TECH TOPICS – Dealing with bolt-in tow eye failures

In Tech Topics4 MinutesBy NZ Trucking magazineJune 15, 2016

In April a safety alert was issued by the NZ Transport Agency: When a bolt-in tow-eye is not fitted exactly in accordance with the manufacturer’s instructions, the tension and compression forces placed on the tow-eye during normal use can cause the thread pitches to wear and distort. When this occurs the coupling shank or nut will loosen, which in turn allows the nut to be pulled over the thread on the shank. This causes the towing eye to pull out of the drawbar, resulting in the trailer becoming detached. 

NZTA stress, “Tightening the nut of a loose bolt-in tow coupling is not acceptable and may increase the potential for earlier catastrophic failure. The complete towing eye and nut must be replaced.” One of the options for overcoming the issue is to outlaw bolt-in tow-eyes. This option may disadvantage operators because of the costs of welding and certifying replacement eyes and the downtime involved. However the safety benefits are significant and if operators follow the NZTA’s recommendation to check the torque of bolt-in units every 15,000km and replace them if the torque is below specifications, the bolt-in system may prove an expensive choice. 

Both the NZTA and the Road Transport Forum have previously issued notifications about the security of boltin towing eyes. The NZTA is obviously frustrated that the road transport industry has not addressed the problem and is seriously threatening to ban bolt-in two-eyes. They state in their February 2016 Heavy Vehicle Servicing Information flyer, “We are still seeing incidents of towing eyes coming loose and failing in service. This situation has significant safety risk which is being investigated. As a result the Transport Agency may give consideration to phasing out bolt-in towing eyes completely.”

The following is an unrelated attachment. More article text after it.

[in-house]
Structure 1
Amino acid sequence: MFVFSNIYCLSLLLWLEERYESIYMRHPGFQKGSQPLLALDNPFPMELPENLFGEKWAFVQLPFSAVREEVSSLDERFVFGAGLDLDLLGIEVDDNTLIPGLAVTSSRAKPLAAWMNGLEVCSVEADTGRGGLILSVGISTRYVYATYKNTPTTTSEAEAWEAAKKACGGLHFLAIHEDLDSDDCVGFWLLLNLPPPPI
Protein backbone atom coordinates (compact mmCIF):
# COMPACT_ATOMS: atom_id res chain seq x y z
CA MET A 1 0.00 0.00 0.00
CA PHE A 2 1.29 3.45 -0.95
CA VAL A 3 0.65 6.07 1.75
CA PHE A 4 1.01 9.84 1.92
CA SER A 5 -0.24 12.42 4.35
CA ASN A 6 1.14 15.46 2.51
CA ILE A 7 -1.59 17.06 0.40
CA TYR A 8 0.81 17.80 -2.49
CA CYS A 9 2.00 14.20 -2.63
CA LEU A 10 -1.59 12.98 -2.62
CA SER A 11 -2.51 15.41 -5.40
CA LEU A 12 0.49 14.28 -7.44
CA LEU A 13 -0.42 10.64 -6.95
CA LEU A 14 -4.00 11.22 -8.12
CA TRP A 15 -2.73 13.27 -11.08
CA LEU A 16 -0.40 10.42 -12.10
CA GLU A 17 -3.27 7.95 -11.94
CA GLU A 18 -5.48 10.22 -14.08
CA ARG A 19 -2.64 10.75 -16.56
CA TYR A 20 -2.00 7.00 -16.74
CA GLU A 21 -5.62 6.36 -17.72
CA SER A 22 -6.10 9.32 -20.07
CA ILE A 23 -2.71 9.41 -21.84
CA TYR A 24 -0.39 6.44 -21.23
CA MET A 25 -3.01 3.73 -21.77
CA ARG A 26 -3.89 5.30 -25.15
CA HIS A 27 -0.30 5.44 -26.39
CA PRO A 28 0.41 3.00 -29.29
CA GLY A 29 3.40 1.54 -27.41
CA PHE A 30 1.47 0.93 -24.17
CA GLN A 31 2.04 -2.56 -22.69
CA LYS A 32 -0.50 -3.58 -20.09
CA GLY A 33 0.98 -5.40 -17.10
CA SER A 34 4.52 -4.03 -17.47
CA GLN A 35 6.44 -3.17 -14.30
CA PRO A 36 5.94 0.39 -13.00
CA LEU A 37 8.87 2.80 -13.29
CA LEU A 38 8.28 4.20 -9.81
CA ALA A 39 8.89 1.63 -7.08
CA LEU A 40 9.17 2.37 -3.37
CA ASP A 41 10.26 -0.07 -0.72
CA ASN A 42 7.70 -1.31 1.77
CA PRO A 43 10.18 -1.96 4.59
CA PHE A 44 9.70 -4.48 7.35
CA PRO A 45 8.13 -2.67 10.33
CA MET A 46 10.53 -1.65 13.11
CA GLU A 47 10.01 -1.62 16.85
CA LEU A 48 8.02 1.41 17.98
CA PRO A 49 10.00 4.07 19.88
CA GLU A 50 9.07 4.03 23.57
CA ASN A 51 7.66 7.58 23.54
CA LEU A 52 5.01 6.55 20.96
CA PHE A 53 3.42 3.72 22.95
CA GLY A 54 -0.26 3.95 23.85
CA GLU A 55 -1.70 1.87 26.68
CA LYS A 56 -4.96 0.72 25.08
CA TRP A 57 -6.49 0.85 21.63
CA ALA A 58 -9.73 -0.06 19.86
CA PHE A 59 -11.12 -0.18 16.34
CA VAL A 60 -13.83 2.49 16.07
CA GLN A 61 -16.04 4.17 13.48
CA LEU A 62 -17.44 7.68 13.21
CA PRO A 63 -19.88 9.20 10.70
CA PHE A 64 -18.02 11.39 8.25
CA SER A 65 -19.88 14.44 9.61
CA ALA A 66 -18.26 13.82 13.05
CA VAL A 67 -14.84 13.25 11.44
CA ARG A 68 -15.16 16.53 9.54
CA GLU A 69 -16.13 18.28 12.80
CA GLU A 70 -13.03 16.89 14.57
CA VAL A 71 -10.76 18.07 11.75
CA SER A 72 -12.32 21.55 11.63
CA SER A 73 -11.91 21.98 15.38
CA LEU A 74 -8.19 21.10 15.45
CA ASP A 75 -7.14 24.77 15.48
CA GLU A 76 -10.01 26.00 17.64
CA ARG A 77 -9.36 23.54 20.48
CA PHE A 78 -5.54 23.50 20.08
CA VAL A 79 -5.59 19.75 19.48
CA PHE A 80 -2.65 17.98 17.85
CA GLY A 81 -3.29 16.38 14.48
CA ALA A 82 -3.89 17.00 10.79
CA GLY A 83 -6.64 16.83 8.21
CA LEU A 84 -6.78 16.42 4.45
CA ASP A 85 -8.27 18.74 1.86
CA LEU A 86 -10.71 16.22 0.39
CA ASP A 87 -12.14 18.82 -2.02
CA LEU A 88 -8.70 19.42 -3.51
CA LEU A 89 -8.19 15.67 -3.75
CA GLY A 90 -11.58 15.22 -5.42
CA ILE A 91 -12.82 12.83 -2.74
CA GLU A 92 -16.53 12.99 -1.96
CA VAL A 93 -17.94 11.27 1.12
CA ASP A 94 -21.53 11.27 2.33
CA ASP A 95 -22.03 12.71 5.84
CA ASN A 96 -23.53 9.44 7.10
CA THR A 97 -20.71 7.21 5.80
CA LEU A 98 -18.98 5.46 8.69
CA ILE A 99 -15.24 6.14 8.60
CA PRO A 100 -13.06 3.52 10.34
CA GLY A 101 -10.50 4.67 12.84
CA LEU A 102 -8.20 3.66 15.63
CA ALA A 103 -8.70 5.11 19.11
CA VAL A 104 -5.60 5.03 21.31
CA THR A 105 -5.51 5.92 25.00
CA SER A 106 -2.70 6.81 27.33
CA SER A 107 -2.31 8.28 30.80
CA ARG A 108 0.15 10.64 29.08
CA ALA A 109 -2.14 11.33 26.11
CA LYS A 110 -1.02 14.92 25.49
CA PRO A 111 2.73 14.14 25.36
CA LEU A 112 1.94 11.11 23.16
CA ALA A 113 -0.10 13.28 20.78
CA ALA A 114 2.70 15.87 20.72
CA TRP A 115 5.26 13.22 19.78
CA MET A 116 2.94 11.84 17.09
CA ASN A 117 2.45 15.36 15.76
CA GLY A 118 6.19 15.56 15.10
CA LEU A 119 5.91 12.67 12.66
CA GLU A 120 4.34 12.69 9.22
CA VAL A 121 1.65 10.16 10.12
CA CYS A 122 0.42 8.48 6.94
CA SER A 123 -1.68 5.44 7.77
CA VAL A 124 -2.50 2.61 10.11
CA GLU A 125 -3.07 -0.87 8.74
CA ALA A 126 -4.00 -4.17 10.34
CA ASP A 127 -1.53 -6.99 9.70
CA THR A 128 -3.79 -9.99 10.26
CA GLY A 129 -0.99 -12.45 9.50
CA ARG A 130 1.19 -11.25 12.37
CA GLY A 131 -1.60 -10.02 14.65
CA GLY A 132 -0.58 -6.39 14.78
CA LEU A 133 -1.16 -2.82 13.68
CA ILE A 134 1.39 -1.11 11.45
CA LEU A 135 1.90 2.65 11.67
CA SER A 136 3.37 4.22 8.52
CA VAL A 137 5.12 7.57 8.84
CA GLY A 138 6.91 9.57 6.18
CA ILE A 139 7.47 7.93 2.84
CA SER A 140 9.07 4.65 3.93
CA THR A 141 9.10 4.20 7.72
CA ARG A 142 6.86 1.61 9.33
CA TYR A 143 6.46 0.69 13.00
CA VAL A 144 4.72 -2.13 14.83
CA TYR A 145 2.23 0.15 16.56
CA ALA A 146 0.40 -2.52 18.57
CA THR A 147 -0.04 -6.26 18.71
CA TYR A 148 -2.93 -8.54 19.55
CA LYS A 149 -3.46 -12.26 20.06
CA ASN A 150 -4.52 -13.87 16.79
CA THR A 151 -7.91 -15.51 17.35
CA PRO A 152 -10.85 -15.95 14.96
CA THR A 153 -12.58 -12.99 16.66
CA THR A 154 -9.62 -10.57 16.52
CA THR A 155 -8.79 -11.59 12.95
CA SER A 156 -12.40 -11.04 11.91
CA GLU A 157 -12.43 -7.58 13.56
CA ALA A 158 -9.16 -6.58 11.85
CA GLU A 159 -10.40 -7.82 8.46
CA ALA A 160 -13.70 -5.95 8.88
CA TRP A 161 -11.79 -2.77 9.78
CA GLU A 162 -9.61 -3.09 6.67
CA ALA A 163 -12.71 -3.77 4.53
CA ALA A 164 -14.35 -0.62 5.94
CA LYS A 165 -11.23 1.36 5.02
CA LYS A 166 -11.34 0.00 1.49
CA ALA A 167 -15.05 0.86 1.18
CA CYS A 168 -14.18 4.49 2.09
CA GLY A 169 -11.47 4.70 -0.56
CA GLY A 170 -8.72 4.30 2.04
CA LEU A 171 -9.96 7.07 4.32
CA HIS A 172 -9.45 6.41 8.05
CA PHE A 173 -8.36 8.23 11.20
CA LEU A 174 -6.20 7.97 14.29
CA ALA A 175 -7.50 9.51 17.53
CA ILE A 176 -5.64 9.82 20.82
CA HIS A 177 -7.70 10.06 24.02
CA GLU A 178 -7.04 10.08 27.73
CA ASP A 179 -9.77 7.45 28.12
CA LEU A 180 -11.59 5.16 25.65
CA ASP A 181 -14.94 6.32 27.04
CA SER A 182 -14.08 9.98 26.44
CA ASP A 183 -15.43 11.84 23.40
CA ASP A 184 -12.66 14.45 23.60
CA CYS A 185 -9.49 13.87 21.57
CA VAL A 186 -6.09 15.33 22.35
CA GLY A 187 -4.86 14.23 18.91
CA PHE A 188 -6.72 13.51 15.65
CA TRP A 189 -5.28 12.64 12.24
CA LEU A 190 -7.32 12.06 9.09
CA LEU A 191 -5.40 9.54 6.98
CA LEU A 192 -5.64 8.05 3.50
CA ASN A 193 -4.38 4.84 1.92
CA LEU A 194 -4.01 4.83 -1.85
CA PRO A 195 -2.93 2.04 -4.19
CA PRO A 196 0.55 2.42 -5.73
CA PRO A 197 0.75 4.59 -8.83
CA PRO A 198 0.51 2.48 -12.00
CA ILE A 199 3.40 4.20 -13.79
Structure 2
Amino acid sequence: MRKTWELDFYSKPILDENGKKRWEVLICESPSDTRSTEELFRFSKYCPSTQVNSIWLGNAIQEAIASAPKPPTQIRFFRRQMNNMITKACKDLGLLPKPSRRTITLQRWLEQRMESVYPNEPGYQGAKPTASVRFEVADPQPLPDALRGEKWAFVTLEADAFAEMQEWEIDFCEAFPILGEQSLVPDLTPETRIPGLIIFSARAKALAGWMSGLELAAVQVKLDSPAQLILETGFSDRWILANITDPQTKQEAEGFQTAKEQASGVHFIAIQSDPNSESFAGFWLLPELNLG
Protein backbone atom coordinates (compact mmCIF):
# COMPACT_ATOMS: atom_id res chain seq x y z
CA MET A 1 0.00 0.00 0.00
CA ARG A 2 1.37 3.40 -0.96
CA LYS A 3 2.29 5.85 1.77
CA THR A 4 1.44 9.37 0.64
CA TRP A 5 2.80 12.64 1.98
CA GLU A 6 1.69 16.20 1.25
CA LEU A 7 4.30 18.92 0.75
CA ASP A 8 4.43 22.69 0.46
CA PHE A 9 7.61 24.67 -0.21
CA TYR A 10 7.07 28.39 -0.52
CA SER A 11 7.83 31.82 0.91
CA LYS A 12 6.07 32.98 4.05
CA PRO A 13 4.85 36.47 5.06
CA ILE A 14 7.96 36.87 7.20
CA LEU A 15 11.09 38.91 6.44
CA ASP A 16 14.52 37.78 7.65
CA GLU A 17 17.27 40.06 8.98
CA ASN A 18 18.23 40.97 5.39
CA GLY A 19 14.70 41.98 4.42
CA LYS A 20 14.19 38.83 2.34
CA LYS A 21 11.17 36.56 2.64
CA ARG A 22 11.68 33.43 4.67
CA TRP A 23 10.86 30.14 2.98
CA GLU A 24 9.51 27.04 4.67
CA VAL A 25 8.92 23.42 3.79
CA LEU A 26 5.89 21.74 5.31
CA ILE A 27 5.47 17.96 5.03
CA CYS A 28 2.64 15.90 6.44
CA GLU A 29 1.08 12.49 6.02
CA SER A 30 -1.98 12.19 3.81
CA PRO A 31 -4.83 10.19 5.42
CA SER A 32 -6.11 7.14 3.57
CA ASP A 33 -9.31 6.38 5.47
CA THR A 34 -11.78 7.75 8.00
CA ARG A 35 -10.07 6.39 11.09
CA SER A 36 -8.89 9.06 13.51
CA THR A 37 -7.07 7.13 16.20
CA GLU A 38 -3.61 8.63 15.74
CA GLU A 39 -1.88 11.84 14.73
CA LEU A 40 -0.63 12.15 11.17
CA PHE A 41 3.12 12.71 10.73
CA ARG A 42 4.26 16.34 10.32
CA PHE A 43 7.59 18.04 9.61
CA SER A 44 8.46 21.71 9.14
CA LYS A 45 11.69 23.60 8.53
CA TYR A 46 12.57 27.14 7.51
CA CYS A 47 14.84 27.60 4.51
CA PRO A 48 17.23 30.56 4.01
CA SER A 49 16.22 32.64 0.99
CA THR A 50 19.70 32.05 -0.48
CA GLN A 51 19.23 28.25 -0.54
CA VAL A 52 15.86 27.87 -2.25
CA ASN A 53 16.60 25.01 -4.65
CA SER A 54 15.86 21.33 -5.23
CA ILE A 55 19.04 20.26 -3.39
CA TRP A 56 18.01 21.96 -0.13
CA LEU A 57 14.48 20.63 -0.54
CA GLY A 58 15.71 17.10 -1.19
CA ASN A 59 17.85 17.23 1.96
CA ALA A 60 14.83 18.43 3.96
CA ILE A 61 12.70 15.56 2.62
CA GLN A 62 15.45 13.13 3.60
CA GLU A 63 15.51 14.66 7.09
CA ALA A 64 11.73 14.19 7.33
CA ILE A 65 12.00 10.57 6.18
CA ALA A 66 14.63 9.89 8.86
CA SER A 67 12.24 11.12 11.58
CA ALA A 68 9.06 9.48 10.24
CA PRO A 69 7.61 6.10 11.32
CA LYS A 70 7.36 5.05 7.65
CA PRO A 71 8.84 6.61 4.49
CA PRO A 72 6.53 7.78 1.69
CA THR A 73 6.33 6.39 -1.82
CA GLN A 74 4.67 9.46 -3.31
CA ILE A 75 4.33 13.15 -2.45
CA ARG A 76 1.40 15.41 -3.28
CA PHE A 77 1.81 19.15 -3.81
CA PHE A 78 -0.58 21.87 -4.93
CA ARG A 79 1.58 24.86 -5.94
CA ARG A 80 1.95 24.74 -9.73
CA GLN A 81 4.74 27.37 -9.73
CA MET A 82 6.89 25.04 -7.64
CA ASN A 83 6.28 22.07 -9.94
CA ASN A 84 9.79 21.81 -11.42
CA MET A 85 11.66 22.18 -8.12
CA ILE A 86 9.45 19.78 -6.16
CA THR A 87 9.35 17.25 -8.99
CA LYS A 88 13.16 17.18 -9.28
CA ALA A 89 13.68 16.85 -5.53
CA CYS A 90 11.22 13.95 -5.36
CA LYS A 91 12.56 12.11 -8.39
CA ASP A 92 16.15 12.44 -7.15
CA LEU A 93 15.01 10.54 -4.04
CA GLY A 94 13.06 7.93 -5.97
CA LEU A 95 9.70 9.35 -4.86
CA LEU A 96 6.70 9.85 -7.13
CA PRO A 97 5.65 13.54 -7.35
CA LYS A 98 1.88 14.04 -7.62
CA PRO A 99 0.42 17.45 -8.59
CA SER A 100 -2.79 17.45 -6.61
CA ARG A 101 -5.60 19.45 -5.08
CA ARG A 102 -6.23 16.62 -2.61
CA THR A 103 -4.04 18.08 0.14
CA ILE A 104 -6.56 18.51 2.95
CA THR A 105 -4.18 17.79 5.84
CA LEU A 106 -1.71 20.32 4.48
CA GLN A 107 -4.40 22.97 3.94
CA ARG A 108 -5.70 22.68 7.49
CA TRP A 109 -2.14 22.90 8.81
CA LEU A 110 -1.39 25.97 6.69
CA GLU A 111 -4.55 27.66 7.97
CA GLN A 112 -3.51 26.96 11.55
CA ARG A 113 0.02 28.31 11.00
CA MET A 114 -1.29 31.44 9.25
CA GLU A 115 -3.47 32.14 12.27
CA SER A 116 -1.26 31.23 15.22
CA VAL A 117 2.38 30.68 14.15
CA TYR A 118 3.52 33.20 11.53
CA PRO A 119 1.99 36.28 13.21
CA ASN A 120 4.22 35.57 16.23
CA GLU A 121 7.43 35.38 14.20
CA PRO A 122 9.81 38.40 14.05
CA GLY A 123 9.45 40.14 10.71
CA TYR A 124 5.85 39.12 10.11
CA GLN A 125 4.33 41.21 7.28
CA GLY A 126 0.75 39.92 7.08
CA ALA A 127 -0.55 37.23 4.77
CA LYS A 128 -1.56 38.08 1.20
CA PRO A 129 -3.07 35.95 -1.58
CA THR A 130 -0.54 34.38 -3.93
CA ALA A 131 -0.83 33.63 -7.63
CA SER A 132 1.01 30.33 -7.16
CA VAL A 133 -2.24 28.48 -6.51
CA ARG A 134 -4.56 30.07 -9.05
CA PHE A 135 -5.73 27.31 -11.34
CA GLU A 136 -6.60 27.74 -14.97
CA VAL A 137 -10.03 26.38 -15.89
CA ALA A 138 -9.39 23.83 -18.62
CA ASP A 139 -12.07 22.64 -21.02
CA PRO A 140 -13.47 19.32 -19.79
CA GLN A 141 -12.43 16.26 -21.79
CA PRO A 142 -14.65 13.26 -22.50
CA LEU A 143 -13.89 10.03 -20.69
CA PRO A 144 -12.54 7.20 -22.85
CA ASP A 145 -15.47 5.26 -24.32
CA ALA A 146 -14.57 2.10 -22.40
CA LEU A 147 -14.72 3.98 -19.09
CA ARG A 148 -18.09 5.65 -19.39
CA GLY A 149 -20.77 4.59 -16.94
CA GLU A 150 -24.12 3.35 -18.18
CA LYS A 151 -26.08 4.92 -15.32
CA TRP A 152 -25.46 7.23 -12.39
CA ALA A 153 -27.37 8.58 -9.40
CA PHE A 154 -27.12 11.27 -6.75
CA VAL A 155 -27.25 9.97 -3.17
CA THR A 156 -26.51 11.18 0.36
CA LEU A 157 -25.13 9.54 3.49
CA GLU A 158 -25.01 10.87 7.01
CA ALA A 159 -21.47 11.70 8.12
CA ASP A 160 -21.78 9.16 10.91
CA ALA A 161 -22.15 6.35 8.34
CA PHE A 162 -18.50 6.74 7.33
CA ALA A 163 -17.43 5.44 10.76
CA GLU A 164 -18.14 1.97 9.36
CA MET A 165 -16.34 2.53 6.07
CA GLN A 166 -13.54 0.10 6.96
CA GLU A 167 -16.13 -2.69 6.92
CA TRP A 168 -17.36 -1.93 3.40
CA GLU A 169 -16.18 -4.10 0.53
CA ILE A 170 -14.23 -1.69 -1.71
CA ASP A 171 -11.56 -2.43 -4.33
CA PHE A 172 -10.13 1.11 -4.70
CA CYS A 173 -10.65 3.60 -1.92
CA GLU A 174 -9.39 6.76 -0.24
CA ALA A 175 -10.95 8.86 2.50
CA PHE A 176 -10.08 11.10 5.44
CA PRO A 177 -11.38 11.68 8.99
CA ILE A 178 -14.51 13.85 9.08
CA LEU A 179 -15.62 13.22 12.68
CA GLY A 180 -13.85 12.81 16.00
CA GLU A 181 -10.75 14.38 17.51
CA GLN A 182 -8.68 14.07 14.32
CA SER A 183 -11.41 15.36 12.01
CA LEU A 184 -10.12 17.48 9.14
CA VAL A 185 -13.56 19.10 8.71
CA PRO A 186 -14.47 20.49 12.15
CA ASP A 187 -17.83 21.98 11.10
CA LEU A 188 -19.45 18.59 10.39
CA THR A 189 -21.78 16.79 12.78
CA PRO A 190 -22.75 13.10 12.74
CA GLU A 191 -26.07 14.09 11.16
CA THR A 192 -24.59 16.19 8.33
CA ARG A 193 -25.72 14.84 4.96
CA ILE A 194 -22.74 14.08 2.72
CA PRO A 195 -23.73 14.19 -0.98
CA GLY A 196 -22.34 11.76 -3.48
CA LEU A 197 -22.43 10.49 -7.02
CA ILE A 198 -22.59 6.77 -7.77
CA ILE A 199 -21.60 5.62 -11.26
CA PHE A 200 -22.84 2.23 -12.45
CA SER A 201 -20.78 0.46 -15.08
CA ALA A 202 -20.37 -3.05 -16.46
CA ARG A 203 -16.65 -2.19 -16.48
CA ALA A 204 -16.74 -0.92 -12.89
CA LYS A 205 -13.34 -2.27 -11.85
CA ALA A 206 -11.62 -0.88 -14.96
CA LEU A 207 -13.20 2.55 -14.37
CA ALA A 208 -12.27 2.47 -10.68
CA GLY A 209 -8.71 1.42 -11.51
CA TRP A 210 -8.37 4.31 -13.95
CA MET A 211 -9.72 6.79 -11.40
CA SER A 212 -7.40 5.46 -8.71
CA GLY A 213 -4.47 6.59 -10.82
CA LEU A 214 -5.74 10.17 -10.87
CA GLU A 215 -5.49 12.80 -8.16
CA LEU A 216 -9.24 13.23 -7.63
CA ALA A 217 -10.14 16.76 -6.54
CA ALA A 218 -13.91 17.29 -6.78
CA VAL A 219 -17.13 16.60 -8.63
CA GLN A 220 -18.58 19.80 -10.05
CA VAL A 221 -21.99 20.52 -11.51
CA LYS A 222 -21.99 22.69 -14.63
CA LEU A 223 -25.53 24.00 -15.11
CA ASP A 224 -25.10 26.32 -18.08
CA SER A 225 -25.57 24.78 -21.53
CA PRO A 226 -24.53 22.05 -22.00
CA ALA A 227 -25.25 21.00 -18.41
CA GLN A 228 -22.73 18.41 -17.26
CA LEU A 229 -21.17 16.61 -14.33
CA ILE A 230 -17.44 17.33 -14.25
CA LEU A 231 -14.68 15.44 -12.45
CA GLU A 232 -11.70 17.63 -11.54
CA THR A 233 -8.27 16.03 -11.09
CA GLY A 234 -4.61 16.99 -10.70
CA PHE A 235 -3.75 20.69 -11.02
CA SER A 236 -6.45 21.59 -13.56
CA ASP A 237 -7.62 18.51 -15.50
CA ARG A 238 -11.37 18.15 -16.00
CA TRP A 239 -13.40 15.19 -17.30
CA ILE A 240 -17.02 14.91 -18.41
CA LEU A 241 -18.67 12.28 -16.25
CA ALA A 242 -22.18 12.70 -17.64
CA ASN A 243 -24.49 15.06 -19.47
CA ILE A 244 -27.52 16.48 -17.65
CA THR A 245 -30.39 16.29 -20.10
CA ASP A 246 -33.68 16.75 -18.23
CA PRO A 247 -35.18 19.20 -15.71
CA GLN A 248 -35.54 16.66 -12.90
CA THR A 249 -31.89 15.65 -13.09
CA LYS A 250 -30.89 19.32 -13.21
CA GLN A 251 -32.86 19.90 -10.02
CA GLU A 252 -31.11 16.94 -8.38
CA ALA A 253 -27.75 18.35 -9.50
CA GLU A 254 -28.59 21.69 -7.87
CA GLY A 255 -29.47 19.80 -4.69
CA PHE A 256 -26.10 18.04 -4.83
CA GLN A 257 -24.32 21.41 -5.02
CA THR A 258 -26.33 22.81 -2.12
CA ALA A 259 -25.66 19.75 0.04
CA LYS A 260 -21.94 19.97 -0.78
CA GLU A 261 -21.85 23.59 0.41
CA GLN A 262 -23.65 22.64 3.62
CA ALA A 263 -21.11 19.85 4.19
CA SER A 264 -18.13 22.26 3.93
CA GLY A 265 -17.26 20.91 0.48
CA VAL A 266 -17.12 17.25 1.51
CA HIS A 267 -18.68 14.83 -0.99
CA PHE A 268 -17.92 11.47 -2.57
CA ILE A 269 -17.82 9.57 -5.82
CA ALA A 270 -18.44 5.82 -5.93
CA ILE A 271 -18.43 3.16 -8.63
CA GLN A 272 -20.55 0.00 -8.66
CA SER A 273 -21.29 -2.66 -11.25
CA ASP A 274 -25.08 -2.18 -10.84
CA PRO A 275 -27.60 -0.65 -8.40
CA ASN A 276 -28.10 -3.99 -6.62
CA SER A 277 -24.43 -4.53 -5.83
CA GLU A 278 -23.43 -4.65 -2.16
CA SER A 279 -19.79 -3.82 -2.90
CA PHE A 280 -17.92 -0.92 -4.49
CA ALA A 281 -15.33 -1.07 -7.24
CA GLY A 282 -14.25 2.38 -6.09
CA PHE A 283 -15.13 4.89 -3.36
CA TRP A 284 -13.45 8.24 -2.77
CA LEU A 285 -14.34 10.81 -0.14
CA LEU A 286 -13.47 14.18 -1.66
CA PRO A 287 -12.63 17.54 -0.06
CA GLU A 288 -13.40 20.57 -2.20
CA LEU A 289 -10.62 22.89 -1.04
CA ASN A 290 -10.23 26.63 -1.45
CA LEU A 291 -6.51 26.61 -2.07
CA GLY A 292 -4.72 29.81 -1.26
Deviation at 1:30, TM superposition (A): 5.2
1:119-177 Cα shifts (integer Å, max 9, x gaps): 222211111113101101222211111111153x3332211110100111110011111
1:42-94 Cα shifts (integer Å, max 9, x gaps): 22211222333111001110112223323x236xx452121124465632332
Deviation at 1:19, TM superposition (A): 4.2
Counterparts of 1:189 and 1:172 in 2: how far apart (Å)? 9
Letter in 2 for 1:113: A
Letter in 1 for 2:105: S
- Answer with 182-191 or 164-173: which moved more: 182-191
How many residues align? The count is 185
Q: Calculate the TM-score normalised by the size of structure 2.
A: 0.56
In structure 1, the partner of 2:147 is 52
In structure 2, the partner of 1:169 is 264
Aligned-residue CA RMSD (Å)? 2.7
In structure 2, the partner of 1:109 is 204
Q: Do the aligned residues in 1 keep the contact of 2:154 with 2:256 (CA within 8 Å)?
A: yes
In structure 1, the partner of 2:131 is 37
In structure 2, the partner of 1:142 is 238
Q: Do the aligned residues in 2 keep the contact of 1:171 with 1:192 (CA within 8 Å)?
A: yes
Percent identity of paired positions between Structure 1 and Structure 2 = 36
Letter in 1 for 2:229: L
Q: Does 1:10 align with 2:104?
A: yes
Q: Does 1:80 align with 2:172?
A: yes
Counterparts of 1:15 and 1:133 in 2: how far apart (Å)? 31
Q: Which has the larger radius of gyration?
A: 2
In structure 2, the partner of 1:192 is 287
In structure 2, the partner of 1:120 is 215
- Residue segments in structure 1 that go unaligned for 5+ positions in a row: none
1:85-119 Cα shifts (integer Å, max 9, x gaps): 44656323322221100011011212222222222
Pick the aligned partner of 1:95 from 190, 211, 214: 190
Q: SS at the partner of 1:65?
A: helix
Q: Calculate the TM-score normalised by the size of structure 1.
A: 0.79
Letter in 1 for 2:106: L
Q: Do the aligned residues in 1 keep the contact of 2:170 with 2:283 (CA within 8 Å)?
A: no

What you should do:

• Check the security of the towing eye as part of the daily walk around. 
• If there is any sign of it being loose (eg. fretting, shine marks, rusting, etc) the tow-eye and nut must be replaced – under no circumstances is it to be tightened. 
• When the tow-eye and nut is replaced, the nut must be torqued to the manufacturer‘s recommendation (including a greased thread) and then if necessary taken to the next castellation – in no circumstances backed off. 
• Following initial installation the nut should be re-torqued at the lesser of 5000km or as directed by the manufacturer. If it moves it must be re-torqued. Note: this is the only time that re-tightening is permitted. 
• One manufacturer recommends checking the tightening torque of the castellated nut every 15,000km. The Transport Agency encourages all operators to follow this recommendation. 
If the nut is found to be loose the complete towing eye and nut must be replaced.